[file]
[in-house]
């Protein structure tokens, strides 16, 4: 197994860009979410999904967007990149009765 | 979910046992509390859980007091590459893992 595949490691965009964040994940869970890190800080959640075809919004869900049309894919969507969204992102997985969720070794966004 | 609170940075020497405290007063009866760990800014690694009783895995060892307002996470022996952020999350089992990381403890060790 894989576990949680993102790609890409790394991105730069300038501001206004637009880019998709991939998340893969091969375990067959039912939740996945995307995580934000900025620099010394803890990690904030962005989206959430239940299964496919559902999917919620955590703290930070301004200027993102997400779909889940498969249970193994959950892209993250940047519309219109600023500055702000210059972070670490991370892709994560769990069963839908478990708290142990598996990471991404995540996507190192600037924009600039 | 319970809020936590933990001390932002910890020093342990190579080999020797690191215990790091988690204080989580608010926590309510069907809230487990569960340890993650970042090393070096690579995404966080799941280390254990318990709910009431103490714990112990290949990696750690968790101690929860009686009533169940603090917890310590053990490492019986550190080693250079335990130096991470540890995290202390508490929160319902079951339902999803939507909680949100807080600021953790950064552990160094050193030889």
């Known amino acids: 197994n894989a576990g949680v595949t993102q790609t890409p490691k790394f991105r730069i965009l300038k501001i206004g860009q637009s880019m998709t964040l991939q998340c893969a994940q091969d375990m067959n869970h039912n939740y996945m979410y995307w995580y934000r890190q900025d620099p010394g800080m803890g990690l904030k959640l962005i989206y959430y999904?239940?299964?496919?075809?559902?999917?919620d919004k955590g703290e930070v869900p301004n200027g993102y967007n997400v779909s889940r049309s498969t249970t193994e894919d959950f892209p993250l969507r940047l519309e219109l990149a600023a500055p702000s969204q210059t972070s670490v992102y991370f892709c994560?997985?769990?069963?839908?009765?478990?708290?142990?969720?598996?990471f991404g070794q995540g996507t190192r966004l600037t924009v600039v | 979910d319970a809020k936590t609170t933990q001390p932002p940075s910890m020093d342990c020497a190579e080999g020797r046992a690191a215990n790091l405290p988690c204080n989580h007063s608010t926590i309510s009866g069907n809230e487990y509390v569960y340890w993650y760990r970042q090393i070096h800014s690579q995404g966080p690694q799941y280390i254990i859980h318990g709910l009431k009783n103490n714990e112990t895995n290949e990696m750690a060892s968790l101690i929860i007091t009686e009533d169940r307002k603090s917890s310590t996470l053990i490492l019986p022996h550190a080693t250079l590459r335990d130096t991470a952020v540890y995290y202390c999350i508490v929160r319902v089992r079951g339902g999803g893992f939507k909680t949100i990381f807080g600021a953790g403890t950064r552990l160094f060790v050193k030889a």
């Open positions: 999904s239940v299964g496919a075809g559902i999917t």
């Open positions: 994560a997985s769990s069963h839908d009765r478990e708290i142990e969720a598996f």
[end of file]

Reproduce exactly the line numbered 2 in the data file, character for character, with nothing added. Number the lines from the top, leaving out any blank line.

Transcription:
């Protein structure tokens, strides 16, 4: 197994860009979410999904967007990149009765 | 979910046992509390859980007091590459893992 595949490691965009964040994940869970890190800080959640075809919004869900049309894919969507969204992102997985969720070794966004 | 609170940075020497405290007063009866760990800014690694009783895995060892307002996470022996952020999350089992990381403890060790 894989576990949680993102790609890409790394991105730069300038501001206004637009880019998709991939998340893969091969375990067959039912939740996945995307995580934000900025620099010394803890990690904030962005989206959430239940299964496919559902999917919620955590703290930070301004200027993102997400779909889940498969249970193994959950892209993250940047519309219109600023500055702000210059972070670490991370892709994560769990069963839908478990708290142990598996990471991404995540996507190192600037924009600039 | 319970809020936590933990001390932002910890020093342990190579080999020797690191215990790091988690204080989580608010926590309510069907809230487990569960340890993650970042090393070096690579995404966080799941280390254990318990709910009431103490714990112990290949990696750690968790101690929860009686009533169940603090917890310590053990490492019986550190080693250079335990130096991470540890995290202390508490929160319902079951339902999803939507909680949100807080600021953790950064552990160094050193030889």